Argon ion polishing of FIB specimens in PIPS II system

June 19, 2014

Argon ion polishing of focused ion beam specimens in PIPS II system
Anahita Pakzad, Gatan, Inc.

As researchers push boundaries of elemental analysis and HR imaging with their transmission electron microscope (TEM), ultra-low damage specimens less than 40 nm thickness are frequently required. When evaluating preparation techniques for these thin lamellae, it is important to consider class of material being polished and whether the method is reproducible when applied across multiple samples. Here we will discuss broad argon (Ar) beam ion milling and focused ion bean milling (FIB). These two most common techniques are used for preparation of electron transparent specimens for a diverse class of materials, including semiconductors, metals and ceramics.

When assessing techniques, FIB is especially viable when specific sample orientation or site specific positional accuracy is required. However, amorphization, implantation and vacancies due to application of high energy gallium (Ga) ions, sample alteration due to beam heating in addition to re-deposition, surface roughness and selective abrasion are some of various damages caused by this method.1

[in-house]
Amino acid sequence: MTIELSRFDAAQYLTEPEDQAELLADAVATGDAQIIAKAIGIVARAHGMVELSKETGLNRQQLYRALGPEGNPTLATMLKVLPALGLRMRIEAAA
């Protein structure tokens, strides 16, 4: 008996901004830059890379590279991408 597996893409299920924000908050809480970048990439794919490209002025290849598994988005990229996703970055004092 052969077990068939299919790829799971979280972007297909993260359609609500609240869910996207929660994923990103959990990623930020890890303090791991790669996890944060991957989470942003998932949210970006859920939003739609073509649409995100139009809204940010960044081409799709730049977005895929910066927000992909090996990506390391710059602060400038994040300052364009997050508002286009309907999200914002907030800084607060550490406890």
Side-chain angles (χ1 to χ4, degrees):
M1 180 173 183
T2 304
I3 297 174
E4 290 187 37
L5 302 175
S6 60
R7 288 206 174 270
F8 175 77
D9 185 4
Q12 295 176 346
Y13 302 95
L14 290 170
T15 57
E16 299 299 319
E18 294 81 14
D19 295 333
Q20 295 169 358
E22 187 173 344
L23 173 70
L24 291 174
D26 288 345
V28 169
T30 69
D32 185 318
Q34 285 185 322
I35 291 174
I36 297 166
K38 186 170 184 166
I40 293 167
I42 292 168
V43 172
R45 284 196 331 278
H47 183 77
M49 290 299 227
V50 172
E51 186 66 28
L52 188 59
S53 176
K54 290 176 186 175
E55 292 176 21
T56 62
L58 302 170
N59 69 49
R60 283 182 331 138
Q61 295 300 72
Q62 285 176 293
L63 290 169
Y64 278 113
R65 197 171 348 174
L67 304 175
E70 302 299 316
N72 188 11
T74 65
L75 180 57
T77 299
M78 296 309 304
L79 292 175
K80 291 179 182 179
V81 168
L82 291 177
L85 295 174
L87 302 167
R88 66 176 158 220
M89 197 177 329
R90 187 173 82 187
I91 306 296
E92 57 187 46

Amongst these problems, FIB-induced surface amorphization is the most extensive and limiting as it reduces the signal-to-noise ratio.2 Additionally in order to avoid geometrical blurring for high resolution transmission electron microcopy (HRTEM) applications, sample thickness must be reduced by the square root of the feature size.3 A 25 keV Ga+ FIB column can generate ~20 nm per specimen side damage in silicon (Si).4 This can be specifically limiting in modern Si-based semiconductor devices, where minimum feature size is less than 20 nm. The depth of FIB induced amorphous layer depends on beam energy, beam angle and material being milled, different techniques commonly used to reduce this damage in TEM samples are:

  • Gas-assisted etching: Method enhances the milling rate, however increases roughness of crystallineamorphous interface that further damages TEM images.5
  • Low-energy FIB: Reduction of beam energy minimizes damage depth, although etching rate and positional resolution are also impacted at these energies.
  • Wet etching: Single-layered materials benefit significantly when used with suitable solution3, but because of different etching rates, this method cannot be used for multi-layer semiconductor devices.
  • Argon ion milling: Most promising method for multi-layer materials, as none of the drawbacks mentioned above is present. Here the original FIB damage layer is replaced by newly formed Ar ioninduced damage layer.3,6 The thickness of this layer depends on the milling energy, angle and time, which are all parameters controlled by the user in the PIPS™ II system.

For the complete application note, click here.

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